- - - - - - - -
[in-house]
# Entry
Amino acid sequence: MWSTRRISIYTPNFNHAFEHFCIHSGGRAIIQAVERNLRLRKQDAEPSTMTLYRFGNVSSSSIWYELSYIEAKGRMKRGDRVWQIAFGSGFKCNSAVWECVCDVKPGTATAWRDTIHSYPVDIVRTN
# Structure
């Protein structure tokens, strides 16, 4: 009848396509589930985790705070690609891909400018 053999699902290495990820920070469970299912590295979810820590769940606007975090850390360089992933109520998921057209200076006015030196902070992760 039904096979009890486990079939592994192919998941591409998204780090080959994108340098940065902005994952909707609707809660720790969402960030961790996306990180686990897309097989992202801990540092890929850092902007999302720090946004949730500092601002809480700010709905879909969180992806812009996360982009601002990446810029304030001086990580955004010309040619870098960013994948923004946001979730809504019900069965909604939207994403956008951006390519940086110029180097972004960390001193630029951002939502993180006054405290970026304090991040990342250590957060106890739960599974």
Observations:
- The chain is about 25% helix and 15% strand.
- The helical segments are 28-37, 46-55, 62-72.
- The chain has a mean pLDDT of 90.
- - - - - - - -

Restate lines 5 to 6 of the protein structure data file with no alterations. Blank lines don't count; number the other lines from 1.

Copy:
């Protein structure tokens, strides 16, 4: 009848396509589930985790705070690609891909400018 053999699902290495990820920070469970299912590295979810820590769940606007975090850390360089992933109520998921057209200076006015030196902070992760 039904096979009890486990079939592994192919998941591409998204780090080959994108340098940065902005994952909707609707809660720790969402960030961790996306990180686990897309097989992202801990540092890929850092902007999302720090946004949730500092601002809480700010709905879909969180992806812009996360982009601002990446810029304030001086990580955004010309040619870098960013994948923004946001979730809504019900069965909604939207994403956008951006390519940086110029180097972004960390001193630029951002939502993180006054405290970026304090991040990342250590957060106890739960599974």
Observations: